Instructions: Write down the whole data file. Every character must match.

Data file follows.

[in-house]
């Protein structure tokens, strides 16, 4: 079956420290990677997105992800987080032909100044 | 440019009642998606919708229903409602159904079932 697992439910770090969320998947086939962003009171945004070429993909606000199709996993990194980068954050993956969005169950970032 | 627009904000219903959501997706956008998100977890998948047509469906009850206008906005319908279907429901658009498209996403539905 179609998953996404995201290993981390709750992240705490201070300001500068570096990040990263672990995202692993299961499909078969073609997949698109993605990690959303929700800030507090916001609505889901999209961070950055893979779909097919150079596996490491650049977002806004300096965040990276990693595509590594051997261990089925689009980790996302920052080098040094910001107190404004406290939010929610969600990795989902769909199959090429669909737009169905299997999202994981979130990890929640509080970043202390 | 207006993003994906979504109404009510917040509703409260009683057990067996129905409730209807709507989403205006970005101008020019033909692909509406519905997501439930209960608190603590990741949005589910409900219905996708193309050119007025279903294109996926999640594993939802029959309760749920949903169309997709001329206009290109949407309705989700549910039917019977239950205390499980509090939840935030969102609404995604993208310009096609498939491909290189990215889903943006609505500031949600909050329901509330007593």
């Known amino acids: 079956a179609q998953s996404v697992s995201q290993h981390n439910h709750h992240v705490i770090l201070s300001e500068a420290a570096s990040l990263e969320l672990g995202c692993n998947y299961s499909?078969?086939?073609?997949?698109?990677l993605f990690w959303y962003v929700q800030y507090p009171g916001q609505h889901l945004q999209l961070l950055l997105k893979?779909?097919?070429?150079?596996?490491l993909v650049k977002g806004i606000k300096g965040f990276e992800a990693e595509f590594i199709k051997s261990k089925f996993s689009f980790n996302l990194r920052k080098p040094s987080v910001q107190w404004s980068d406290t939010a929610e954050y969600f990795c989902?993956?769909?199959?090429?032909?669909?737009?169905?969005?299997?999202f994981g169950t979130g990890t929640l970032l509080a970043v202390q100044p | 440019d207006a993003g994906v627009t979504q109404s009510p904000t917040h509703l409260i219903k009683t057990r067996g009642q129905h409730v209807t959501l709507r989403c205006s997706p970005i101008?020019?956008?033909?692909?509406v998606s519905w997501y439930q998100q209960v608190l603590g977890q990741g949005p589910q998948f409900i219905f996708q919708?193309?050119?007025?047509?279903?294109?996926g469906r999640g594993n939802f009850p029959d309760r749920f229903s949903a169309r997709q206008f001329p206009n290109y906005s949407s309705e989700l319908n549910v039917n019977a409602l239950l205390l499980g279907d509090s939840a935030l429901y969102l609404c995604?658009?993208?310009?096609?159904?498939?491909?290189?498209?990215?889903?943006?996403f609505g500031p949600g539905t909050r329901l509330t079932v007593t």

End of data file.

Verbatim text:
[in-house]
């Protein structure tokens, strides 16, 4: 079956420290990677997105992800987080032909100044 | 440019009642998606919708229903409602159904079932 697992439910770090969320998947086939962003009171945004070429993909606000199709996993990194980068954050993956969005169950970032 | 627009904000219903959501997706956008998100977890998948047509469906009850206008906005319908279907429901658009498209996403539905 179609998953996404995201290993981390709750992240705490201070300001500068570096990040990263672990995202692993299961499909078969073609997949698109993605990690959303929700800030507090916001609505889901999209961070950055893979779909097919150079596996490491650049977002806004300096965040990276990693595509590594051997261990089925689009980790996302920052080098040094910001107190404004406290939010929610969600990795989902769909199959090429669909737009169905299997999202994981979130990890929640509080970043202390 | 207006993003994906979504109404009510917040509703409260009683057990067996129905409730209807709507989403205006970005101008020019033909692909509406519905997501439930209960608190603590990741949005589910409900219905996708193309050119007025279903294109996926999640594993939802029959309760749920949903169309997709001329206009290109949407309705989700549910039917019977239950205390499980509090939840935030969102609404995604993208310009096609498939491909290189990215889903943006609505500031949600909050329901509330007593």
């Known amino acids: 079956a179609q998953s996404v697992s995201q290993h981390n439910h709750h992240v705490i770090l201070s300001e500068a420290a570096s990040l990263e969320l672990g995202c692993n998947y299961s499909?078969?086939?073609?997949?698109?990677l993605f990690w959303y962003v929700q800030y507090p009171g916001q609505h889901l945004q999209l961070l950055l997105k893979?779909?097919?070429?150079?596996?490491l993909v650049k977002g806004i606000k300096g965040f990276e992800a990693e595509f590594i199709k051997s261990k089925f996993s689009f980790n996302l990194r920052k080098p040094s987080v910001q107190w404004s980068d406290t939010a929610e954050y969600f990795c989902?993956?769909?199959?090429?032909?669909?737009?169905?969005?299997?999202f994981g169950t979130g990890t929640l970032l509080a970043v202390q100044p | 440019d207006a993003g994906v627009t979504q109404s009510p904000t917040h509703l409260i219903k009683t057990r067996g009642q129905h409730v209807t959501l709507r989403c205006s997706p970005i101008?020019?956008?033909?692909?509406v998606s519905w997501y439930q998100q209960v608190l603590g977890q990741g949005p589910q998948f409900i219905f996708q919708?193309?050119?007025?047509?279903?294109?996926g469906r999640g594993n939802f009850p029959d309760r749920f229903s949903a169309r997709q206008f001329p206009n290109y906005s949407s309705e989700l319908n549910v039917n019977a409602l239950l205390l499980g279907d509090s939840a935030l429901y969102l609404c995604?658009?993208?310009?096609?159904?498939?491909?290189?498209?990215?889903?943006?996403f609505g500031p949600g539905t909050r329901l509330t079932v007593t």